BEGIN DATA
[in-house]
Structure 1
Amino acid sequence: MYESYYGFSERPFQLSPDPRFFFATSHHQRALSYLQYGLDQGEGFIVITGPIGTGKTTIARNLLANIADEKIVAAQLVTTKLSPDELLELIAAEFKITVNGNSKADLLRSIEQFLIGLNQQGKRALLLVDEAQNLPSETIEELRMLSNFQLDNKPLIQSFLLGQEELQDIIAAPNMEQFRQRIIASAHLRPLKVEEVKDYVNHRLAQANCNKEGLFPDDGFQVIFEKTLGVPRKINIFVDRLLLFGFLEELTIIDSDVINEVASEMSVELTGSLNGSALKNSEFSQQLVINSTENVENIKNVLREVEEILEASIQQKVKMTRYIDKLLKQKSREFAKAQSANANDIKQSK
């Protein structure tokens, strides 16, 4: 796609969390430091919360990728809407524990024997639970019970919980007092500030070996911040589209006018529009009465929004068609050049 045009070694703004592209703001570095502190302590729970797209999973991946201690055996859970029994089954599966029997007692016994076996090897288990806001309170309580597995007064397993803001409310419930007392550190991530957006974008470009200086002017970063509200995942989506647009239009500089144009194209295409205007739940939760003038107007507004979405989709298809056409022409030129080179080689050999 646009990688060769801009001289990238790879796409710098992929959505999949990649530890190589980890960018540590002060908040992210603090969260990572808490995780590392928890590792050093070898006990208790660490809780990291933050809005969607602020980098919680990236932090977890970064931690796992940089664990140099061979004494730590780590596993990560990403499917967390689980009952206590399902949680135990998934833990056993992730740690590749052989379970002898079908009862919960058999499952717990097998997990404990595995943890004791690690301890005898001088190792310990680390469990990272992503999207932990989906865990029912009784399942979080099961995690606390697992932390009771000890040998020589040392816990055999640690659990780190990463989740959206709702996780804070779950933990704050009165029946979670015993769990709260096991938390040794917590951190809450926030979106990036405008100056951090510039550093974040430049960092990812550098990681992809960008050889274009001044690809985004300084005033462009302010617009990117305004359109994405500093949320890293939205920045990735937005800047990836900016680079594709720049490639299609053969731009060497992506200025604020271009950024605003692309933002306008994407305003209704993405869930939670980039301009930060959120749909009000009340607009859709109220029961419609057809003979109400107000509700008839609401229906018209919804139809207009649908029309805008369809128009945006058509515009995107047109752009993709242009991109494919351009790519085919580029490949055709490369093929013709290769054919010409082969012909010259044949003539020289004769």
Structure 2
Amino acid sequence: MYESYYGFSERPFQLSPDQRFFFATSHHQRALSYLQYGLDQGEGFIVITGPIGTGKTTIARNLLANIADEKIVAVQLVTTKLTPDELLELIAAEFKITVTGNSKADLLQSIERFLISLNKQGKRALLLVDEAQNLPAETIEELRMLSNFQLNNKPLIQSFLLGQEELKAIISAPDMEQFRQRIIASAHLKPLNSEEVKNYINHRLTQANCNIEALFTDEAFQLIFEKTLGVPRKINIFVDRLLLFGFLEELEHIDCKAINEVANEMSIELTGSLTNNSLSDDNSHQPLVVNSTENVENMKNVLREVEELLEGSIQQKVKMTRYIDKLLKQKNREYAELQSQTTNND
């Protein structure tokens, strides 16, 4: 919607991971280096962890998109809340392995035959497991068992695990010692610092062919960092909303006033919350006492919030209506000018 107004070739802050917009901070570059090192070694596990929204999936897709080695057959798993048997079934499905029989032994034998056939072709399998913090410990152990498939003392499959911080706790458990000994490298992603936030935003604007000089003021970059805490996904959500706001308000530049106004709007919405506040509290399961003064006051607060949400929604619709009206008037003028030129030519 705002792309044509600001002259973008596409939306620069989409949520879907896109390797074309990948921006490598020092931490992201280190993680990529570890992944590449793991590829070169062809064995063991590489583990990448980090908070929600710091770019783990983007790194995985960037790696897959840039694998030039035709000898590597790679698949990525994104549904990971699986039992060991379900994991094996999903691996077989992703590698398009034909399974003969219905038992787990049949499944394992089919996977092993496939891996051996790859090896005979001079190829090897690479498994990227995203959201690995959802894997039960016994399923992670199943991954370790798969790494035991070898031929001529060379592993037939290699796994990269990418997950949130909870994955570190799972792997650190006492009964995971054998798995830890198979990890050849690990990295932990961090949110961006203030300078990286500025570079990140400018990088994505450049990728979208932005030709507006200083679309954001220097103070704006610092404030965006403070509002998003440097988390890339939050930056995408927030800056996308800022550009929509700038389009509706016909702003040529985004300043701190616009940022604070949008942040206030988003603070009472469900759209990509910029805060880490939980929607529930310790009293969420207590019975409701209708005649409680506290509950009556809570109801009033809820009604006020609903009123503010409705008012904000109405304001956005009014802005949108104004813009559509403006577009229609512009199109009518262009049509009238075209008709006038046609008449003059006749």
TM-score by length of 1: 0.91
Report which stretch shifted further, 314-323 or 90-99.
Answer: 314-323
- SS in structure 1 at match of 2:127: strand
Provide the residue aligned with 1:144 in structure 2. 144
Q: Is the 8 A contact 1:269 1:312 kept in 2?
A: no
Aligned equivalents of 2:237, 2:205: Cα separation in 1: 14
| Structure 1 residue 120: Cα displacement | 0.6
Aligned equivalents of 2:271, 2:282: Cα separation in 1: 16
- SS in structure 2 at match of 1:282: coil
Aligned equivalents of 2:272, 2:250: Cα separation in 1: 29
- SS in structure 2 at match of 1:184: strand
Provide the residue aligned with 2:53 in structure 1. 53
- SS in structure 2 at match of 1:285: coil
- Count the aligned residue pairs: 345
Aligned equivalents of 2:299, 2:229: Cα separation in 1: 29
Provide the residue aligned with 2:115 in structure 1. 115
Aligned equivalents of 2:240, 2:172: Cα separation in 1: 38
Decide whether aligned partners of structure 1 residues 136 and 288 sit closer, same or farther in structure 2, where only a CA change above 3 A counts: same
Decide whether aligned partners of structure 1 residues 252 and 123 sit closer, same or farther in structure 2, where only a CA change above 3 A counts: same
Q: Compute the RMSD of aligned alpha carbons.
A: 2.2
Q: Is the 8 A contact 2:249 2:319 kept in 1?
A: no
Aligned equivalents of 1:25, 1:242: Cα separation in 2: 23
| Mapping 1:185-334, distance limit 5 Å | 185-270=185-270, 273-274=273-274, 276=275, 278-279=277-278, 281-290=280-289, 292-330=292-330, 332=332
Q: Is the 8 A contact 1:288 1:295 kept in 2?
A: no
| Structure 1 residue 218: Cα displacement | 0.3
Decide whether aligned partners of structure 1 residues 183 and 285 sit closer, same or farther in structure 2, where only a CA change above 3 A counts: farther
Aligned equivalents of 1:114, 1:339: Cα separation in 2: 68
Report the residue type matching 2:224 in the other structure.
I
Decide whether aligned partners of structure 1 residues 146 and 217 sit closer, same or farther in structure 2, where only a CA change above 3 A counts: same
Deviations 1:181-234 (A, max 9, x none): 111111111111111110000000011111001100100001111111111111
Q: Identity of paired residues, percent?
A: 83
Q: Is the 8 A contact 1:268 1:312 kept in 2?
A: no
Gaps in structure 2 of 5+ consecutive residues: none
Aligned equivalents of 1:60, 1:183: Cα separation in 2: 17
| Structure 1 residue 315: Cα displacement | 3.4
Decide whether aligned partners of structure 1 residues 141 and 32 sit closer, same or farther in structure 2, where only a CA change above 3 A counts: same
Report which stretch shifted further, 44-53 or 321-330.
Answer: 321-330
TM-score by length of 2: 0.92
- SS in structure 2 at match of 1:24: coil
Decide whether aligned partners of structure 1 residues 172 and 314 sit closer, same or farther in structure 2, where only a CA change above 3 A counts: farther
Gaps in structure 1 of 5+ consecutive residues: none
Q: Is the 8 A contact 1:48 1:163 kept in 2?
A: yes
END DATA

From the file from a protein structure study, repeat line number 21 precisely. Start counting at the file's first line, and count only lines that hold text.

Provide the residue aligned with 2:53 in structure 1. 53